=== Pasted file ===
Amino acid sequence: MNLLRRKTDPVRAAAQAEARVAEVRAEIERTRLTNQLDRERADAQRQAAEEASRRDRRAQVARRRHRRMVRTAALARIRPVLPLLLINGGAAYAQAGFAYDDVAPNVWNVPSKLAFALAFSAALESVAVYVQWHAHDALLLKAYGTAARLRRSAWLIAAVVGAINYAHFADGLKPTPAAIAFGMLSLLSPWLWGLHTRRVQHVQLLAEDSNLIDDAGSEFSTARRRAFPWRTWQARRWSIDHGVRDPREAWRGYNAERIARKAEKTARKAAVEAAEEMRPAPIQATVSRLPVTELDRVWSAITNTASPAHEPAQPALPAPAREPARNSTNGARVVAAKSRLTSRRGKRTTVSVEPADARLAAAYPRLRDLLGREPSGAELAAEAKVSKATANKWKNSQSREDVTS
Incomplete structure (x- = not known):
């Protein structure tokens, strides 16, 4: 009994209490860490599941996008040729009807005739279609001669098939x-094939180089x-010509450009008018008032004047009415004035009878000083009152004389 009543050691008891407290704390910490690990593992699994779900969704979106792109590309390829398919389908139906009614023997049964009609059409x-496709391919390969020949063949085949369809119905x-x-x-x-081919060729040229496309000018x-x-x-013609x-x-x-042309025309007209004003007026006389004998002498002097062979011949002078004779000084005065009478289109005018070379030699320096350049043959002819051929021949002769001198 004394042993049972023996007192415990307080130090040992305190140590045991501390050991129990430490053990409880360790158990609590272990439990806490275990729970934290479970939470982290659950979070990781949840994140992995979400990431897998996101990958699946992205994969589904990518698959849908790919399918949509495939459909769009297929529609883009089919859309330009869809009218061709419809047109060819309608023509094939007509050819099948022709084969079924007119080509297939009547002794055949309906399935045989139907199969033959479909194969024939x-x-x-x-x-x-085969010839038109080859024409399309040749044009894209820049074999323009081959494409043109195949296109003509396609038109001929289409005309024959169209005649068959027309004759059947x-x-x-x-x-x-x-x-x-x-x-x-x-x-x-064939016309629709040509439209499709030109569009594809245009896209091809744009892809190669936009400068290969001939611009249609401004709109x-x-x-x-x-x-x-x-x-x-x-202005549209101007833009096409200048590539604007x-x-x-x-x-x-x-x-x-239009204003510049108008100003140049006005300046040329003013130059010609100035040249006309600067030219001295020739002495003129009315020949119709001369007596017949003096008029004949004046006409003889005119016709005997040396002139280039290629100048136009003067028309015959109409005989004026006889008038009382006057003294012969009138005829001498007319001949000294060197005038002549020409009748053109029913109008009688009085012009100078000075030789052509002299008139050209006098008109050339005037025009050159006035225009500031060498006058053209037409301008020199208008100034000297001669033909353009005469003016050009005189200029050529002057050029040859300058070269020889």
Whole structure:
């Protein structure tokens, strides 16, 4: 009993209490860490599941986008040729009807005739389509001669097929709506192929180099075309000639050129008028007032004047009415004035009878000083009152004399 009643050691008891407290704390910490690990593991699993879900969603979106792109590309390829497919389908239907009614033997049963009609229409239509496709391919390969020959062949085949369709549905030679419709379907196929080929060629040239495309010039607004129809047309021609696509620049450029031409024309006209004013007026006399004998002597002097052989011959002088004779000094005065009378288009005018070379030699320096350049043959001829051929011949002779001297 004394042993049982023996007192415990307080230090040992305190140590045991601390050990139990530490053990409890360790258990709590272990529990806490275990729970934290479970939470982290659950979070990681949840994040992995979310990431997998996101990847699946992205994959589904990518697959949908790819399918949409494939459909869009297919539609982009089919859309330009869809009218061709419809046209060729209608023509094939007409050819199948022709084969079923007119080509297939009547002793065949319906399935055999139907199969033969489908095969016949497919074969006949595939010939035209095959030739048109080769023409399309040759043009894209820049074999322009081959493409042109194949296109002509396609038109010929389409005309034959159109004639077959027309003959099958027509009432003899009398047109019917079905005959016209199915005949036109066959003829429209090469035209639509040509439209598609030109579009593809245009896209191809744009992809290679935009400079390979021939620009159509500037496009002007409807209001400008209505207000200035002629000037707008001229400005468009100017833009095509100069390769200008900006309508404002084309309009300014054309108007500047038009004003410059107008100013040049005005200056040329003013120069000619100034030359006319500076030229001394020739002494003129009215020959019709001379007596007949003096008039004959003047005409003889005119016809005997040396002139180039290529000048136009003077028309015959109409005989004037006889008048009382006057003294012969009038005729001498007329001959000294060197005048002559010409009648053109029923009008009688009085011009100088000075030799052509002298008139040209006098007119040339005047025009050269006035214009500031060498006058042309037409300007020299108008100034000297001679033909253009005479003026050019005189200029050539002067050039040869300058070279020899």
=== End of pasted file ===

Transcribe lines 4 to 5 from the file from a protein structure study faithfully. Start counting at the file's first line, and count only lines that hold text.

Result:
Whole structure:
């Protein structure tokens, strides 16, 4: 009993209490860490599941986008040729009807005739389509001669097929709506192929180099075309000639050129008028007032004047009415004035009878000083009152004399 009643050691008891407290704390910490690990593991699993879900969603979106792109590309390829497919389908239907009614033997049963009609229409239509496709391919390969020959062949085949369709549905030679419709379907196929080929060629040239495309010039607004129809047309021609696509620049450029031409024309006209004013007026006399004998002597002097052989011959002088004779000094005065009378288009005018070379030699320096350049043959001829051929011949002779001297 004394042993049982023996007192415990307080230090040992305190140590045991601390050990139990530490053990409890360790258990709590272990529990806490275990729970934290479970939470982290659950979070990681949840994040992995979310990431997998996101990847699946992205994959589904990518697959949908790819399918949409494939459909869009297919539609982009089919859309330009869809009218061709419809046209060729209608023509094939007409050819199948022709084969079923007119080509297939009547002793065949319906399935055999139907199969033969489908095969016949497919074969006949595939010939035209095959030739048109080769023409399309040759043009894209820049074999322009081959493409042109194949296109002509396609038109010929389409005309034959159109004639077959027309003959099958027509009432003899009398047109019917079905005959016209199915005949036109066959003829429209090469035209639509040509439209598609030109579009593809245009896209191809744009992809290679935009400079390979021939620009159509500037496009002007409807209001400008209505207000200035002629000037707008001229400005468009100017833009095509100069390769200008900006309508404002084309309009300014054309108007500047038009004003410059107008100013040049005005200056040329003013120069000619100034030359006319500076030229001394020739002494003129009215020959019709001379007596007949003096008039004959003047005409003889005119016809005997040396002139180039290529000048136009003077028309015959109409005989004037006889008048009382006057003294012969009038005729001498007329001959000294060197005048002559010409009648053109029923009008009688009085011009100088000075030799052509002298008139040209006098007119040339005047025009050269006035214009500031060498006058042309037409300007020299108008100034000297001679033909253009005479003026050019005189200029050539002067050039040869300058070279020899």